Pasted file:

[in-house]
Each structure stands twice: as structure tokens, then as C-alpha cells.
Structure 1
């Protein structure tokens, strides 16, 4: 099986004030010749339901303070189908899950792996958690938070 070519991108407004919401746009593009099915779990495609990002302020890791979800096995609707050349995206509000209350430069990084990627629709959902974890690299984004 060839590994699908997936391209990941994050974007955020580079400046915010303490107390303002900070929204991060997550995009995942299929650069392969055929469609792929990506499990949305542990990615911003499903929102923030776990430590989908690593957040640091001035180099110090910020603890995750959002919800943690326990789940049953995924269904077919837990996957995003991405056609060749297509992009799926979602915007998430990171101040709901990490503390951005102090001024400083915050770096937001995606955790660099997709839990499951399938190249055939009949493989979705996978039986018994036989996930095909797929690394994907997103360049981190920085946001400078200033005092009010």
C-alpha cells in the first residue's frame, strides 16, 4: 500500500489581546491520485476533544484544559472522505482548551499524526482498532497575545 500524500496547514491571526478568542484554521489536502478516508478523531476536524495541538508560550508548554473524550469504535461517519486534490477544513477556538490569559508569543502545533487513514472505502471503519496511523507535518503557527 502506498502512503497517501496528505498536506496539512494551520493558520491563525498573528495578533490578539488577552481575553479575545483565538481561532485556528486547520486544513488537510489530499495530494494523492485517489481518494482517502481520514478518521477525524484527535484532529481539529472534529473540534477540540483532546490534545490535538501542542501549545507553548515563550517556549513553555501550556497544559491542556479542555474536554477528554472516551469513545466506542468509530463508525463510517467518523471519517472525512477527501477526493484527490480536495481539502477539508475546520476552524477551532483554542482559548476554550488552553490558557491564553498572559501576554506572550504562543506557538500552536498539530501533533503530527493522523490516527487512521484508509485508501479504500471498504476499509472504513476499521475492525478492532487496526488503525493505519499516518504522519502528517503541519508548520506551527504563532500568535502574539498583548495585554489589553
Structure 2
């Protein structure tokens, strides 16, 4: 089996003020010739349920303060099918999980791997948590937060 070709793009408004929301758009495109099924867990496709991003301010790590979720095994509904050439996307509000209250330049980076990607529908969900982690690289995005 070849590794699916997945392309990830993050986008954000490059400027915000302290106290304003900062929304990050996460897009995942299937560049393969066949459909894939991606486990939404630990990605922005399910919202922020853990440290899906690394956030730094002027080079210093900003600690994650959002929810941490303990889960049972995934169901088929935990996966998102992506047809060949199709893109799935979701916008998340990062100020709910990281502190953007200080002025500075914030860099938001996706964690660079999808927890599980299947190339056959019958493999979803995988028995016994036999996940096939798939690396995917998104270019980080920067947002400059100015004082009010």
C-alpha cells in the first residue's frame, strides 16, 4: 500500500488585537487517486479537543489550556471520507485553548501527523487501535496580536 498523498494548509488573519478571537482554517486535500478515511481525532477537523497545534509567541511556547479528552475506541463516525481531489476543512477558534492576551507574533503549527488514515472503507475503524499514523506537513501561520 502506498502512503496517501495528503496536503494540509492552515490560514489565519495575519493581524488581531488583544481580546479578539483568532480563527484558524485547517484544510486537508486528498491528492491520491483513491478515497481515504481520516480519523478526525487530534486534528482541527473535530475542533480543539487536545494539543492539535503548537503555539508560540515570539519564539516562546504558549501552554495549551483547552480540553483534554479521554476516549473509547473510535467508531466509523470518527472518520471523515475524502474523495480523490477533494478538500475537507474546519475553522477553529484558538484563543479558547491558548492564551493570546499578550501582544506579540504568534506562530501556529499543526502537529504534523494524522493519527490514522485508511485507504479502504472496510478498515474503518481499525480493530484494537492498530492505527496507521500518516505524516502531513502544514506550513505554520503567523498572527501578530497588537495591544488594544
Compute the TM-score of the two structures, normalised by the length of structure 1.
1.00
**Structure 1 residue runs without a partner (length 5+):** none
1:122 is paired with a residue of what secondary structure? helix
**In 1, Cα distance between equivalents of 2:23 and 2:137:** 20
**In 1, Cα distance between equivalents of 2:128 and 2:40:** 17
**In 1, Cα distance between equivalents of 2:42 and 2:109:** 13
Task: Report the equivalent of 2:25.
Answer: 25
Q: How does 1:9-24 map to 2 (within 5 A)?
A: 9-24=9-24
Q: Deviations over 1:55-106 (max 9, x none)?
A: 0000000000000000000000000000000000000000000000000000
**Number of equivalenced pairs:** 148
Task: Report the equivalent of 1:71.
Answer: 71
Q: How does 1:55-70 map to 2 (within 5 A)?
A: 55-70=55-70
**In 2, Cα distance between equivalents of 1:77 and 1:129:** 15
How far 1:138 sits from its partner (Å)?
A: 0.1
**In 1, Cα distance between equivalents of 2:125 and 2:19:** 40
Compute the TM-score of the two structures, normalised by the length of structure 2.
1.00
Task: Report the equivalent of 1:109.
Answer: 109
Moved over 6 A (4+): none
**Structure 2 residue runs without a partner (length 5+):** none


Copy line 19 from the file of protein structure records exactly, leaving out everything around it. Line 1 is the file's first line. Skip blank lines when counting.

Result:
A: 9-24=9-24